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McKinsey Opioid Deal Raises Bar for Corporate Accountability

Feb. 5, 2021, 10:31 AM

A multimillion-dollar opioid deal with McKinsey & Co. will pump funds into state treatment programs while shedding light on the inner workings of drug companies, pharmacies, and other companies accused of fueling the addiction crisis.

Current and former state attorneys say the global consultancy’s $573 million settlement turns a new page in corporate accountability for the U.S. opioid epidemic. McKinsey is on the hook for submitting a slew of documents on its work with opioids for a public database, a move attorneys say will help tell the story of the company’s role in advising others involved in the crisis.

Making such documents public “has been one of the key terms that states have been insisting on,” James Boffetti, New Hampshire’s associate attorney general, told Bloomberg Law.

Seeing “how a company operates on a sheer profit basis without any regard to the crisis that they were helping to create in communities all over the country, I think that’s really important,” said Boffetti, who leads his state’s opioid litigation.

McKinsey will have to submit communications it had with Purdue Pharma LP, Johnson & Johnson, and other companies, as well as all “documents reflecting or concerning McKinsey’s work related to opioids” for those companies, according to New Hampshire’s settlement terms.

New Hampshire was one of 47 states that settled with the consulting firm as part of the $573 million agreement, taking its own share of $3.3 million over five years.

Boffetti said all will go to the states except for about $15 million, which will go to the National Association of Attorneys General for litigation costs and related expenses. New Hampshire’s share, he added, will go toward a state trust fund for treating substance use disorder, which includes the purchase of naloxone for first responders and educating prescribers on treating pain.

Other states are putting their shares toward treatment and prevention as well.

Massachusetts will get $13 million and put it toward the state’s Opioid Recovery and Remediation Fund for increasing access to treatment, prevention and other options for opioid use disorder prevention.

Oregon will put its share of $7.8 million toward a fund for providing treatment for substance use disorders. New York Attorney General Letitia James said her state will get $32 million, which will be used for things like prevention and education.

“We can’t arrest our way out of this,” James said in a Thursday press conference, referring to the opioid crisis. “What we need to do is make sure there are resources available.

Standard for Accountability

Forbes estimates that McKinsey had $10.5 billion in 2019 revenue. The company paid to settle claims from states that it aided in fueling the opioid epidemic by giving marketing advice to drugmakers. McKinsey isn’t admitting to liability or wrongdoing under the settlement.

McKinsey said it had made a “policy decision in 2019 to stop any and all opioid-related work,” according to a company release. The company “has further committed to refraining from accepting any future client engagements relating to the discovery, development, manufacture, marketing, promotion, advertising, recall, withdrawal, monitoring, sale, prescribing, use or abuse of any opioid product.”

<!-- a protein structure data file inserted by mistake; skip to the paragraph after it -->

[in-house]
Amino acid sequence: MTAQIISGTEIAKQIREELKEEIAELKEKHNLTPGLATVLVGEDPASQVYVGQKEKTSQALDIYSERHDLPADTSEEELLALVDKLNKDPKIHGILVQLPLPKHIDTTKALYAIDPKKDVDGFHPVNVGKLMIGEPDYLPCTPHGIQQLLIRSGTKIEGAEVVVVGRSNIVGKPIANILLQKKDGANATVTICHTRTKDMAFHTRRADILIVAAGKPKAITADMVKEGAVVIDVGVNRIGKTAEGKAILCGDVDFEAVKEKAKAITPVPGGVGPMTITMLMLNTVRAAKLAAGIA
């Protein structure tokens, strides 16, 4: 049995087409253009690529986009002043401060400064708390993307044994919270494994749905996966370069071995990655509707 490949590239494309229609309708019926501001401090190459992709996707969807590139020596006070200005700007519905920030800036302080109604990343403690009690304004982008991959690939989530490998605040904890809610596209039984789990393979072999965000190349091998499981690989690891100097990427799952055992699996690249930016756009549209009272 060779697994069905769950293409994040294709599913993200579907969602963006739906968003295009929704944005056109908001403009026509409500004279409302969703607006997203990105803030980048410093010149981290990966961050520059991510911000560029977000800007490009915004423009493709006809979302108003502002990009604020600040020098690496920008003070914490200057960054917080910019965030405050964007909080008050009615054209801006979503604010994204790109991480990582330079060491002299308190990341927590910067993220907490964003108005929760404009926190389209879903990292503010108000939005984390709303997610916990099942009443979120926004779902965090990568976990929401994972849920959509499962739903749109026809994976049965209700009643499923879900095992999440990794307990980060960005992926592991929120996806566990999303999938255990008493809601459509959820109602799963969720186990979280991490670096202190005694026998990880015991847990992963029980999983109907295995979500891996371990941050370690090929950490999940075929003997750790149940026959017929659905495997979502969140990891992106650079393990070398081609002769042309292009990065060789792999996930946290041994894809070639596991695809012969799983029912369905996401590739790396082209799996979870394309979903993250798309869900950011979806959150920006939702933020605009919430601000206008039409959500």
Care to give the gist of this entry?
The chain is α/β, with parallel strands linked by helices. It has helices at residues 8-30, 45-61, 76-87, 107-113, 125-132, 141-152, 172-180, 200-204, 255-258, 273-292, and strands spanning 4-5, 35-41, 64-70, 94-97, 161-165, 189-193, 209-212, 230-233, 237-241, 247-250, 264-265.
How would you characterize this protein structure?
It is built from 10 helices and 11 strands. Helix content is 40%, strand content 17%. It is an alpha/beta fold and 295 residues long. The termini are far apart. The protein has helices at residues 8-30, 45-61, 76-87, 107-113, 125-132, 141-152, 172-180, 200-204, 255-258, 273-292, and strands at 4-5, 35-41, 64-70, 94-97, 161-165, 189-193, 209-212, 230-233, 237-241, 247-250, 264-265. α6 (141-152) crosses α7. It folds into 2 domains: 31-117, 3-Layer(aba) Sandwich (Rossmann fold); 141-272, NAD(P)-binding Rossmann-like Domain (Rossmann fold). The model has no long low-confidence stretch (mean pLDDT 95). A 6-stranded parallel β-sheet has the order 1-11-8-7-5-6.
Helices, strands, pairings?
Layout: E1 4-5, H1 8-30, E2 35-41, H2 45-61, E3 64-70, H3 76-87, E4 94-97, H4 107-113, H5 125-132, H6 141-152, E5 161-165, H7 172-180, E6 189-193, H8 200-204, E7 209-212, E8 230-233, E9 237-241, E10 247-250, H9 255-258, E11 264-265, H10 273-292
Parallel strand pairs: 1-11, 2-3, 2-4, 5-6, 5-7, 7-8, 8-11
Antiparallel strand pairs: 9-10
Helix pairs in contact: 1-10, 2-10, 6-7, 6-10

Massachusetts Attorney General Maura Healey said at a press conference that the settlement “sets a high standard for accountability.”

“If as the plan has been approached most of the dollars flow into abatement of the opioid epidemic this litigation will be a big success,” Mike Moore, former attorney general of Mississippi, said. And making the documents public “will serve as a warning to other companies who saddle up with wrongdoing companies just to make a big fee.”

Yet observers note the settlement falls short in addressing damage.

Keli McLoyd, director at Philadelphia Coalition on Children and Opioids, said the settlement amount “is abysmal when compared to the damage that has been done.”

“Attempting to put a dollar amount on intergenerational trauma, the effects of poverty and loss of life due to the opioid overdose epidemic is an exercise in futility, however, I assure you that $573 million is nowhere close to sufficient to rectify collective harm done,” she said.

Charlotte Bismuth, an author and former prosecutor, said financial settlements like McKinsey’s “are a potent message to the markets and corporations that the opioid painkiller market, which has caused nearly 500,000 deaths, is a hot zone where the public interest and public safety must be considered first.”

“Companies aren’t truly accountable until the human beings who run them have to answer for decisions that cause harm to the public,” Bismuth said.

Bismuth stressed the importance of making the work Purdue, McKinsey, and others conducted publicly available.

“Putting this information into the public domain finally has allowed for a proportionate level of outrage from elected officials—and hopefully will translate into meaningful legislative and legal action,” Bismuth said.

To contact the reporter on this story: Ian Lopez in Washington at ilopez@bloomberglaw.com

To contact the editors responsible for this story: Fawn Johnson at fjohnson@bloombergindustry.com; Alexis Kramer at akramer@bloomberglaw.com; Karl Hardy at khardy@bloomberglaw.com

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